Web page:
Journal article

Heterogeneity of luminal breast cancer characterised by immunohistochemical expression of basal markers

Hyuna Sung, Montserrat Garcia-Closas, Jenny Chang-Claude, Fiona M Blows, H Raza Ali, Jonine Figueroa, Heli Nevanlinna, Rainer Fagerholm, Paivi Heikkila, Carl Blomqvist, Graham G Giles, Roger L Milne, Melissa C Southey, Catriona McLean, Arto Mannermaa, Veli-Matti Kosma, Vesa Kataja, Reijo Sironen, Fergus J Couch, Janet E Olson Show all



BACKGROUND: Luminal A breast cancer defined as hormone receptor positive and human epidermal growth factor receptor 2 (HER2) negative is known to be heterogeneous. Previous study showed that luminal A tumours with the expression of basal markers ((cytokeratin (CK) 5 or CK5/6) or epidermal growth factor receptor (EGFR)) were associated with poorer prognosis compared with those that stained negative for basal markers. Prompted by this study, we assessed whether tumour characteristics and risk factors differed by basal marker status within luminal A tumours. METHODS: We pooled 5040 luminal A cases defined by immunohistochemistry (4490 basal-negative ((CK5 (or CK5/6))- and EGFR-) and 550 basal-p..

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Awarded by Academy of Finland

Awarded by National Institutes of Health Specialized Program of Research Excellence (SPORE) in Breast Cancer

Awarded by R01 grants

Awarded by NHMRC

Awarded by National Institutes of Health/National Cancer Institute

Awarded by Yorkshire Cancer Research

Awarded by Cancer Research UK

Awarded by Academy of Medical Sciences (AMS)

Awarded by National Institute for Health Research

Awarded by The Francis Crick Institute

Awarded by National Breast Cancer Foundation


Funding Acknowledgements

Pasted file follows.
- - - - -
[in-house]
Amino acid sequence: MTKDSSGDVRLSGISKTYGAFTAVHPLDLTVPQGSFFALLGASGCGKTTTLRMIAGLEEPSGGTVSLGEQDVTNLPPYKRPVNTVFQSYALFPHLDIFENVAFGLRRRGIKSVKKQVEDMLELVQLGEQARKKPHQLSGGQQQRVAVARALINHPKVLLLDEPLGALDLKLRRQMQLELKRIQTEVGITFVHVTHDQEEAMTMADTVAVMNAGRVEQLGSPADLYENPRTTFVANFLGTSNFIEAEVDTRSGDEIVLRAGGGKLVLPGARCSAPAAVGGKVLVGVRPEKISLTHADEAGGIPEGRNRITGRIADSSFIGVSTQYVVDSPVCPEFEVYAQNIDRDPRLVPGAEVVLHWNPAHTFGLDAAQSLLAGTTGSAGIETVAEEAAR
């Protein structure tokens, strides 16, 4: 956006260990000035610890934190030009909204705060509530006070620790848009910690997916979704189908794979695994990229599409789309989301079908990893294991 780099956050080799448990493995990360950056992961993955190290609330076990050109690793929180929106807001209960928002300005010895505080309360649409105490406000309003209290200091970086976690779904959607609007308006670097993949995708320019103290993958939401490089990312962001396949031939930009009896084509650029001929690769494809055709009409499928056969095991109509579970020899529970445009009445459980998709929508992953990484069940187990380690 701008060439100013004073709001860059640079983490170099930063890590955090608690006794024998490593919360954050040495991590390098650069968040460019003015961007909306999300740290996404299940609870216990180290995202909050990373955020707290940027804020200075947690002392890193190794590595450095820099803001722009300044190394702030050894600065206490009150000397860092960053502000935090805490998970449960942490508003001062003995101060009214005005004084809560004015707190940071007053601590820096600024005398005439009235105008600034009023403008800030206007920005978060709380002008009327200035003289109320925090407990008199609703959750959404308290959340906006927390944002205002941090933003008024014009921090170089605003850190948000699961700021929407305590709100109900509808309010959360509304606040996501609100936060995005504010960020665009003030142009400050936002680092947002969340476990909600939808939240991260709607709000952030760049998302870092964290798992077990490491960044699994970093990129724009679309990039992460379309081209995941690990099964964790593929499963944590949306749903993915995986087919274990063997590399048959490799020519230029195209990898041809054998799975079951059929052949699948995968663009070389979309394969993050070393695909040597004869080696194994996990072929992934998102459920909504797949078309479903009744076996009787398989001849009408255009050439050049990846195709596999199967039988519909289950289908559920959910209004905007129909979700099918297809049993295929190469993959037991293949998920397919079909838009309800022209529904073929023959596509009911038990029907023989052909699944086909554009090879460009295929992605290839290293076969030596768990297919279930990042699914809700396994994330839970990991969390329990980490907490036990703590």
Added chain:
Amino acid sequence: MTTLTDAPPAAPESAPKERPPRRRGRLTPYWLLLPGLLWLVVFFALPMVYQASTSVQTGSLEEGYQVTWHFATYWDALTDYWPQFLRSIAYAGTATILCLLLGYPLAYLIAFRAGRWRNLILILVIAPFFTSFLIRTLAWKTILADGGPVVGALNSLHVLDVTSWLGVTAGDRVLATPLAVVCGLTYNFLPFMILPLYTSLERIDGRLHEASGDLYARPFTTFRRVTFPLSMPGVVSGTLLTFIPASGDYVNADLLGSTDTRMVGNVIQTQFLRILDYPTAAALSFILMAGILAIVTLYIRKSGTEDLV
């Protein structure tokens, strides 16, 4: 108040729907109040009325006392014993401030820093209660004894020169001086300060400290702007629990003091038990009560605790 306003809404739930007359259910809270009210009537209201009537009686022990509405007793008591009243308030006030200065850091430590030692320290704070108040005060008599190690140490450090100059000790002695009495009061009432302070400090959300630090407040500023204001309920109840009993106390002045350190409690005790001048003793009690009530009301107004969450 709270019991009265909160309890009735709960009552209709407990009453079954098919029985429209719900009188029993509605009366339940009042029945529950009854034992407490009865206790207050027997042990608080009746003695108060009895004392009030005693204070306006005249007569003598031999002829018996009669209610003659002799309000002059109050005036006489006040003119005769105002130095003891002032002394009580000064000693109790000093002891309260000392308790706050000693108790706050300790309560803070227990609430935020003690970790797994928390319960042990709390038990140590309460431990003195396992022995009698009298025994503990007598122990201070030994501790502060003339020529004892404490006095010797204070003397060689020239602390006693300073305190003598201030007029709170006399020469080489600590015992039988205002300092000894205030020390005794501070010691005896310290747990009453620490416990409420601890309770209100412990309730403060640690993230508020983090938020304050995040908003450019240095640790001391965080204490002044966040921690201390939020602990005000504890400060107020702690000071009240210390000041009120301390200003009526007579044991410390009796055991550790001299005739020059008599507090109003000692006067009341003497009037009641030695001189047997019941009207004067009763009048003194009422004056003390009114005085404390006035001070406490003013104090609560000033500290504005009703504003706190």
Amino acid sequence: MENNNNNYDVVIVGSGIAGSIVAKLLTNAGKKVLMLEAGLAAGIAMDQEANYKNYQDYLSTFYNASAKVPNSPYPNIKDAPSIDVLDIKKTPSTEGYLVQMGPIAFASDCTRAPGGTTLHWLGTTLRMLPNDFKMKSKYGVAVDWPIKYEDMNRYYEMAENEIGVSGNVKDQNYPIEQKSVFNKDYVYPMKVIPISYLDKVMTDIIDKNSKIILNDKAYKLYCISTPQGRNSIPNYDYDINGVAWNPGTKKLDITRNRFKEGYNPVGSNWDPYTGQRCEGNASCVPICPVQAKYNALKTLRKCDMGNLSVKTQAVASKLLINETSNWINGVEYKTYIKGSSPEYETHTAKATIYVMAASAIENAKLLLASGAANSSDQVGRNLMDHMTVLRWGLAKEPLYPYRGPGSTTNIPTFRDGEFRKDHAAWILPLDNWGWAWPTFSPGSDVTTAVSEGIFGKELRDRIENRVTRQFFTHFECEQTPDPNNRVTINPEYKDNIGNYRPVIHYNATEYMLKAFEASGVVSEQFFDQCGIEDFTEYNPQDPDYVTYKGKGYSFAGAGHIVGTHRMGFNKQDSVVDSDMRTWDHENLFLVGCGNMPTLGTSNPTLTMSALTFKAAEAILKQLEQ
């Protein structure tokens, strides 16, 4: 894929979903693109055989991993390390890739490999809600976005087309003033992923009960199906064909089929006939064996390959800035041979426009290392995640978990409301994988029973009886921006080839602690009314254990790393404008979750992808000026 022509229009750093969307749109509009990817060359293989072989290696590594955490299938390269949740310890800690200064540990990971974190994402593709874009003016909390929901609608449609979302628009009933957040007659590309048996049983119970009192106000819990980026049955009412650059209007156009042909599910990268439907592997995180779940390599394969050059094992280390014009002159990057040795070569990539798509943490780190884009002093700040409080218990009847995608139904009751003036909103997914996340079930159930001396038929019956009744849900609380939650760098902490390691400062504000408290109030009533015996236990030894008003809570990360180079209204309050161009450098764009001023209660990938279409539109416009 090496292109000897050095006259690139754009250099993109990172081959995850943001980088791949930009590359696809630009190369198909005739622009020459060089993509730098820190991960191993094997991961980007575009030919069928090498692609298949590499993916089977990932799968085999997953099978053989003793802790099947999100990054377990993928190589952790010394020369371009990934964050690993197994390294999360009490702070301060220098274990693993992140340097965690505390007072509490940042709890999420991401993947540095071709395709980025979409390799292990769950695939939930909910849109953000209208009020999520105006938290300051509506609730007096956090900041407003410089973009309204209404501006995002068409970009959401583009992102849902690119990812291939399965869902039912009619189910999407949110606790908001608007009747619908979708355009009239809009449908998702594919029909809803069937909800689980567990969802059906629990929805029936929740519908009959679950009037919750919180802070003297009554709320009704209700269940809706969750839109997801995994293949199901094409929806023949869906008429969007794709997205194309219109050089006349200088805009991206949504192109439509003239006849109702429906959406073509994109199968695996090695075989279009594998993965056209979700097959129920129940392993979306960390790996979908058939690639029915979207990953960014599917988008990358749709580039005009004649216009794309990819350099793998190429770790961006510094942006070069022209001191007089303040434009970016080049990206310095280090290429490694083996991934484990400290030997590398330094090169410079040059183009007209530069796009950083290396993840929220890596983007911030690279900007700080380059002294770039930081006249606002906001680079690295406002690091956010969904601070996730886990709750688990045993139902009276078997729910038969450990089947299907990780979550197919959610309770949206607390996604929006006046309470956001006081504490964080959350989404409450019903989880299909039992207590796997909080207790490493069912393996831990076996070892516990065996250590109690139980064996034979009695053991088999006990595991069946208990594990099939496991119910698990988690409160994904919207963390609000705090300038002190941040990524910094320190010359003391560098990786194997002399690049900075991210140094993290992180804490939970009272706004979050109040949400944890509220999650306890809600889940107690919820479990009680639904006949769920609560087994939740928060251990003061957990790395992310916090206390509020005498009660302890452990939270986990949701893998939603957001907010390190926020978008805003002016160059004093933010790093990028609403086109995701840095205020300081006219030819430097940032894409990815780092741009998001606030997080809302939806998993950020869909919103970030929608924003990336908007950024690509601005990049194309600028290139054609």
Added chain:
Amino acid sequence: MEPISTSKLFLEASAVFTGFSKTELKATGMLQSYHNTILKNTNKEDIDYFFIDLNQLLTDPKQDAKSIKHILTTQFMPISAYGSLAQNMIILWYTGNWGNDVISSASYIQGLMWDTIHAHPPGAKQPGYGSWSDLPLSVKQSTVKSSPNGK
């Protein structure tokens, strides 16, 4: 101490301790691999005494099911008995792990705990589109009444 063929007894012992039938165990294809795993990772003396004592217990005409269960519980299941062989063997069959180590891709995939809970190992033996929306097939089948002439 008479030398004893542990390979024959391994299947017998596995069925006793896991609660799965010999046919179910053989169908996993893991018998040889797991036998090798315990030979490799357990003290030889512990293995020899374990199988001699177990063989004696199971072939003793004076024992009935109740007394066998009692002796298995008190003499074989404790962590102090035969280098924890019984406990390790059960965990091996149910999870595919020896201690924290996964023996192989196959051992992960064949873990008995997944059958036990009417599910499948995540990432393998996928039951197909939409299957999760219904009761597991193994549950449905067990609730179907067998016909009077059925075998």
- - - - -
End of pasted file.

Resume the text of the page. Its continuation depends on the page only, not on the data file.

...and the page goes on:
The Helsinki Breast Cancer Study (HEBCS) thanks Kristiina Aittomaki, Kirsimari Aaltonen, Taru A Muranen, Karl von Smitten, and Irja Erkkila for their kind help with the patient samples and data. The Study of Epidemiology and Risk factors in Cancer Heredity (SEARCH) thanks Elena Provenzano and Marie Mack. The HEBCS was supported by The Helsinki University Central Hospital Research Fund, Academy of Finland (266528), the Finnish Cancer Society, and The Nordic Cancer Union and the Sigrid Juselius Foundation. The Mayo Clinic Breast Cancer Study (MCBCS) was supported by The Breast Cancer Research Foundation, the National Institutes of Health Specialized Program of Research Excellence (SPORE) in Breast Cancer (CA116201), R01 grants (CA128978 and CA176785), and the Grohne Family. The Melbourne Collaborative Cohort Study (MCCS) was supported by The Cancer Council Victoria, VicHealth, NHMRC (209057, 251533, 396414, and 504711), Victorian Cancer Registry (VCR) and the Australian Institute of Health and Welfare (AIHW), including the National Death Index (NDI). The Nurses' Health Study (NHS) was supported by National Institutes of Health/National Cancer Institute (UM1 CA186107 and P01 CA 87969). The NHS thanks the following state cancer registries for their help: AL, AZ, AR, CA, CO, CT, DE, FL, GA, ID, IL, IN, IA, KY, LA, ME, MD, MA, MI, NE, NH, NJ, NY, NC, ND, OH, OK, OR, PA, RI, SC, TN, TX, VA, WA, WY. The Polish Breast Cancer Study (PBCS) was supported by Intramural Research Program of US NIH, NCI, Division of Cancer Epidemiology and Genetics (DCEG). The Sheffield Breast Cancer Study (SBCS) was supported by Yorkshire Cancer Research (S295, S299, and S305PA) and Sheffield Experimental Cancer Medicine Centre. The SEARCH was supported by Cancer Research UK (C490/A16561), the Biomedical Research Centre at the University of Cambridge. The Kuopio Breast Cancer Project (KBCP) was supported by The special Government Funding of Kuopio University Hospital grants, Cancer Fund of North Savo, the Finnish Cancer Organizations, the strategic funding of the University of Eastern Finland.